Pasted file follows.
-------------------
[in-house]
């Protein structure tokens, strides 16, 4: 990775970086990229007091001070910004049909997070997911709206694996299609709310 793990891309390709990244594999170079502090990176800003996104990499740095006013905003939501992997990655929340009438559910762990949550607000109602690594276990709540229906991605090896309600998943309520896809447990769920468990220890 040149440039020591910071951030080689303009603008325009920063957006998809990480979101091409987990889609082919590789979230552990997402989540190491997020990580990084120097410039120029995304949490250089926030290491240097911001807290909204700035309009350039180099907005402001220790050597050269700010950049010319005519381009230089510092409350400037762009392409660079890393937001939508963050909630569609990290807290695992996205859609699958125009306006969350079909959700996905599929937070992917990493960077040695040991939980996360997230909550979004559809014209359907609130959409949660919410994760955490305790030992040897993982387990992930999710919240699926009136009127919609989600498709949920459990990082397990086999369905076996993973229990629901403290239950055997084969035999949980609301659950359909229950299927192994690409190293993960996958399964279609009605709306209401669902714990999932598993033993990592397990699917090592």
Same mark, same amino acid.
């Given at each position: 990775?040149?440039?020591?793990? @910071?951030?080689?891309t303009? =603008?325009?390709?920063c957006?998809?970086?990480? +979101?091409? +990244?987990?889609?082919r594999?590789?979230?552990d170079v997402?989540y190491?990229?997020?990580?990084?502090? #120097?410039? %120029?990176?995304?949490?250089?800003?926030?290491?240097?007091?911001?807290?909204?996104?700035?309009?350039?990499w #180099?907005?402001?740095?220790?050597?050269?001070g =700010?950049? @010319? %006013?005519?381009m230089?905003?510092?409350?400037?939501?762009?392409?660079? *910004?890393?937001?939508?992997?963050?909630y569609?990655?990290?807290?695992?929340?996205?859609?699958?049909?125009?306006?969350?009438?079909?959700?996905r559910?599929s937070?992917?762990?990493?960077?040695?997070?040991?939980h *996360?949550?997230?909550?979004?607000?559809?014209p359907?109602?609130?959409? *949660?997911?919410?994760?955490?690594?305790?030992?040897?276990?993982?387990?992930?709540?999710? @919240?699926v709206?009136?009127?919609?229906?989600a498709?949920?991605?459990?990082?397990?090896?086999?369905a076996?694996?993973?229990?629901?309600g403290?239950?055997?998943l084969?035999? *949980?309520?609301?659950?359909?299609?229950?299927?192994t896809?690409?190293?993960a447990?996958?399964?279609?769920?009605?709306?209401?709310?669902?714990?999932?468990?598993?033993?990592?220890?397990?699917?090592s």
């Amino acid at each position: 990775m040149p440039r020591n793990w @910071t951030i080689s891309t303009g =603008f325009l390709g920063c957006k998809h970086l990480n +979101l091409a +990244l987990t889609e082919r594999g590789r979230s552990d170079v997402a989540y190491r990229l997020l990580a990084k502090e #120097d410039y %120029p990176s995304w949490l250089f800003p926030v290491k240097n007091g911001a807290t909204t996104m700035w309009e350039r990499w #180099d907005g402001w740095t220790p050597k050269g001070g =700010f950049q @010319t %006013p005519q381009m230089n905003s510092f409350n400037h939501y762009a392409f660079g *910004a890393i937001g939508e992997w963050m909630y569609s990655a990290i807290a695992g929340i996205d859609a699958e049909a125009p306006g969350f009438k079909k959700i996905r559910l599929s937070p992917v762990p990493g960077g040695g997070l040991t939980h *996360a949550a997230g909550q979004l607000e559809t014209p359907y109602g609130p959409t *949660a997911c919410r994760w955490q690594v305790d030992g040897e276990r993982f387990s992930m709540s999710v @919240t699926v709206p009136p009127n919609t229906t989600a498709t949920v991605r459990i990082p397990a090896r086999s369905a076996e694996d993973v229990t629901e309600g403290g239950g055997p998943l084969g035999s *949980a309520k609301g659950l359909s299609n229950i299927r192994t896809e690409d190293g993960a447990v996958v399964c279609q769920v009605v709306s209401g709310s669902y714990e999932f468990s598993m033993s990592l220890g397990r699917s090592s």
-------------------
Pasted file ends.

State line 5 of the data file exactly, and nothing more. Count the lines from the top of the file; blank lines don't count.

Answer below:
């Amino acid at each position: 990775m040149p440039r020591n793990w @910071t951030i080689s891309t303009g =603008f325009l390709g920063c957006k998809h970086l990480n +979101l091409a +990244l987990t889609e082919r594999g590789r979230s552990d170079v997402a989540y190491r990229l997020l990580a990084k502090e #120097d410039y %120029p990176s995304w949490l250089f800003p926030v290491k240097n007091g911001a807290t909204t996104m700035w309009e350039r990499w #180099d907005g402001w740095t220790p050597k050269g001070g =700010f950049q @010319t %006013p005519q381009m230089n905003s510092f409350n400037h939501y762009a392409f660079g *910004a890393i937001g939508e992997w963050m909630y569609s990655a990290i807290a695992g929340i996205d859609a699958e049909a125009p306006g969350f009438k079909k959700i996905r559910l599929s937070p992917v762990p990493g960077g040695g997070l040991t939980h *996360a949550a997230g909550q979004l607000e559809t014209p359907y109602g609130p959409t *949660a997911c919410r994760w955490q690594v305790d030992g040897e276990r993982f387990s992930m709540s999710v @919240t699926v709206p009136p009127n919609t229906t989600a498709t949920v991605r459990i990082p397990a090896r086999s369905a076996e694996d993973v229990t629901e309600g403290g239950g055997p998943l084969g035999s *949980a309520k609301g659950l359909s299609n229950i299927r192994t896809e690409d190293g993960a447990v996958v399964c279609q769920v009605v709306s209401g709310s669902y714990e999932f468990s598993m033993s990592l220890g397990r699917s090592s």